CLEARFIELD – Parents, students and other residents turned out last night for the Clearfield school board meeting to protest changes made to the elementary music program schedule.
According to information provided by Superintendent Terry Struble to the GANT News staff, this year all students in grades K-6 will receive music instruction at least once a week.
And, for example, fifth grade students will have three group practices a week and two lessons if they are involved in strings, band and choir. But for those addressing the school board last night, this is not nearly enough.
According to information provided by one parent, the district has discussed elimination of one of the five music teaching positions twice and eliminated general music for fourth and fifth grades in 2015-16.
During the last school year, 2016-17, the district decided to hold off on any decisions regarding music staff to see if there was growth in the music programs.
The information included the number of students in elementary, junior high and senior high band, orchestra and choir from the 2015-16 school year until now and shows the number of students involved has increased.
District officials did not comment on the accuracy of the numbers provided.
Many spoke about the value music has in life, how it helps students in other academic areas, gives them purpose, goals, improved self-esteem and a sense of accomplishment.
One student noted that playing an instrument is a complex task that one does not learn in 10 minutes every other week, which is the amount of time those concerned fear will ultimately be at the students’ disposal.
Another woman spoke about how the music program helped her through some very difficult times in her life.
Will McConnell noted his children are now in the high school band, but he felt the need to speak for the future band students, fearing that cutting back on elementary music now will result in a diminished high school band, as well as orchestra and choir.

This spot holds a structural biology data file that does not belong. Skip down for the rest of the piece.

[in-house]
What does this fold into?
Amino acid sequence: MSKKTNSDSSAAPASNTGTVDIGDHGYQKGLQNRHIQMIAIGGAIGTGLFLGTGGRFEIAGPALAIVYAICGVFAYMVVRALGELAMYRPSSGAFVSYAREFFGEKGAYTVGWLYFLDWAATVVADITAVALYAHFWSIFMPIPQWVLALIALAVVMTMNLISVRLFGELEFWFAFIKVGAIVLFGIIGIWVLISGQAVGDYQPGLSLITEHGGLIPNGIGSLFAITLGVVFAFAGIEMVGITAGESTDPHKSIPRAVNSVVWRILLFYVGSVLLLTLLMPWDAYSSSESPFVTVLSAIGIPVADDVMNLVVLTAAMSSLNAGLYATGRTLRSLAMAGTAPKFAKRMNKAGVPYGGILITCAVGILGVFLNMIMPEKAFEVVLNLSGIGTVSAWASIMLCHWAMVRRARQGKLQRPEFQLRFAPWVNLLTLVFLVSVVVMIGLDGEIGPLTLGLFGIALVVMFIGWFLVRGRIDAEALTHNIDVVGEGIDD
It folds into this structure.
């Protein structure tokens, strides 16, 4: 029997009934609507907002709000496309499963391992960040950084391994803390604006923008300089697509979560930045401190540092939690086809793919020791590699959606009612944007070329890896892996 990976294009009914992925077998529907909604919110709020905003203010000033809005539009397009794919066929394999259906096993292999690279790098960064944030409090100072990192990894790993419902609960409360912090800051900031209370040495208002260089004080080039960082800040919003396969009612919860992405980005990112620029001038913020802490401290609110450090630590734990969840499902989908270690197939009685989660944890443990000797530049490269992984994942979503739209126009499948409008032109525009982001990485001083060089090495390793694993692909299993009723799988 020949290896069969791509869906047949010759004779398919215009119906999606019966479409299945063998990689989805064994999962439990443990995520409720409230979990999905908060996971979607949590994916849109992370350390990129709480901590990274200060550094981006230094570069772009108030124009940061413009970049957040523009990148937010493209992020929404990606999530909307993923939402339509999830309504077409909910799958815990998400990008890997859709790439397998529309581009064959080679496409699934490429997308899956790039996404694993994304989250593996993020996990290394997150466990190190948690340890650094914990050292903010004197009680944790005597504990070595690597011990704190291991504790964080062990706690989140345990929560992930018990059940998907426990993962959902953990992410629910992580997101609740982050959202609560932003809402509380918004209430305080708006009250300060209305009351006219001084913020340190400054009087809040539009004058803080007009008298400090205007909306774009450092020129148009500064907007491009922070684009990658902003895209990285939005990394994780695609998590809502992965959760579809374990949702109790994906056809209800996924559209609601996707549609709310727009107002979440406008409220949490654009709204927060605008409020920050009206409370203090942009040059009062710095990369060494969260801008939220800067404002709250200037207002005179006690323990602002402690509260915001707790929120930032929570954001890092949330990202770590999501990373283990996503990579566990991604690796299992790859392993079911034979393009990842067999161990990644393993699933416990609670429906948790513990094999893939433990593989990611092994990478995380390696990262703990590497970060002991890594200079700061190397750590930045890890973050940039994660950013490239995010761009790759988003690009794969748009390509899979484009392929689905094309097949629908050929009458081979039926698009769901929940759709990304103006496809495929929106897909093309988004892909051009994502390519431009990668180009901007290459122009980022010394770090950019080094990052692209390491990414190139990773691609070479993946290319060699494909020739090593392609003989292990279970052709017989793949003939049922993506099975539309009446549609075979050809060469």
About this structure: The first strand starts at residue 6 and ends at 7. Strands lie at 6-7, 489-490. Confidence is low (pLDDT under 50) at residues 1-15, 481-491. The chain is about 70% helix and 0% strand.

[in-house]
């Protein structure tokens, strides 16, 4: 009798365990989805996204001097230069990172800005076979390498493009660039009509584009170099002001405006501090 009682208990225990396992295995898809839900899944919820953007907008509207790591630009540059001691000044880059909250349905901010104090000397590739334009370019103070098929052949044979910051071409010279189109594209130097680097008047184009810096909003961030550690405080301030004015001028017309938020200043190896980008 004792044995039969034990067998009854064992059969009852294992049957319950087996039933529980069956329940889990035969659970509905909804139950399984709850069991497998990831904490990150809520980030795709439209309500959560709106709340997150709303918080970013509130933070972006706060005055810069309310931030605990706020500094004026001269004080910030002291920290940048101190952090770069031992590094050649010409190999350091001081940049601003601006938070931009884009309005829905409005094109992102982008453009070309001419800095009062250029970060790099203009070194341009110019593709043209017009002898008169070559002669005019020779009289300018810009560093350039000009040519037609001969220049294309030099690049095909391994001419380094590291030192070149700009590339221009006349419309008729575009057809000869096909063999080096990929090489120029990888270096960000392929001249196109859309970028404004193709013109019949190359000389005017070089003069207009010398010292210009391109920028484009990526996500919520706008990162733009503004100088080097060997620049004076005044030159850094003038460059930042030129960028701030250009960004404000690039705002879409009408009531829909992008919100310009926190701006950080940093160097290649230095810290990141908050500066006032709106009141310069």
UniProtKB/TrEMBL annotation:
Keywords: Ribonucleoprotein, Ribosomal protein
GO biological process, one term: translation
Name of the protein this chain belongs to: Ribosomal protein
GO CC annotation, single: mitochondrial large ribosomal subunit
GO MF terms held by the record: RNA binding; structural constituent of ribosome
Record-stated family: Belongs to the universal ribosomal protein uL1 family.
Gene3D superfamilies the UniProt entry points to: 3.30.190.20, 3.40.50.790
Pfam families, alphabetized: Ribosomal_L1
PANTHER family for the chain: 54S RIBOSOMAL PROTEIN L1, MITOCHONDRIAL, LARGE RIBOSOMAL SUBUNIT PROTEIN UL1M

Area resident Judith Bungo added that love of music is instilled in children at an early age, and the power a teacher has over students affects them throughout their lives.
Other parents questioned whether the district really heard their concerns over the years and expressed a sense of betrayal and even suspicion about why the schedule was not released until the school year started.
At the end of public discussion, board President Larry Putt suggested that a committee be formed consisting of Struble, the music teachers, some board members and some community members to examine the matter and search for solutions.
Moving on, district Business Administrator Sam Maney updated the board on a discussion last month regarding photography at the junior-senior high school.
The board was questioned as to why only one photographer was allowed to take pictures on campus and the board explained that the district had an agreement with Images by Jan to do pictures for the yearbook and put together packages that parents could purchase, as well.
Maney said that he sent out an e-mail to the groups at the junior-senior high school that took advantage of this arrangement and that about half responded.
None indicated a problem with the current arrangement, and the yearbook adviser informed him that it was much easier and more efficient to work with one photographer.
In regards to the contract automatically being renewed each year, unless one of the parties (photographer or district) disagrees, Maney said the solicitor informed him that this was an appropriate contract.
He added that the board may add a clause stating that Images by Jan has exclusive right to take yearbook photos; however, parents may have their students have other senior portraits taken elsewhere.
The board welcomed senior Jakob Sorbera and junior Katlyne Fye to the board as student members. Sorbera will serve one term, and Fye will serve two.
The board also approved hiring the law firm of Weiss, Burkardt, Kramer LLC of Pittsburgh as special council regarding a personnel issue.
The board ended with an executive session for personnel with no action taken.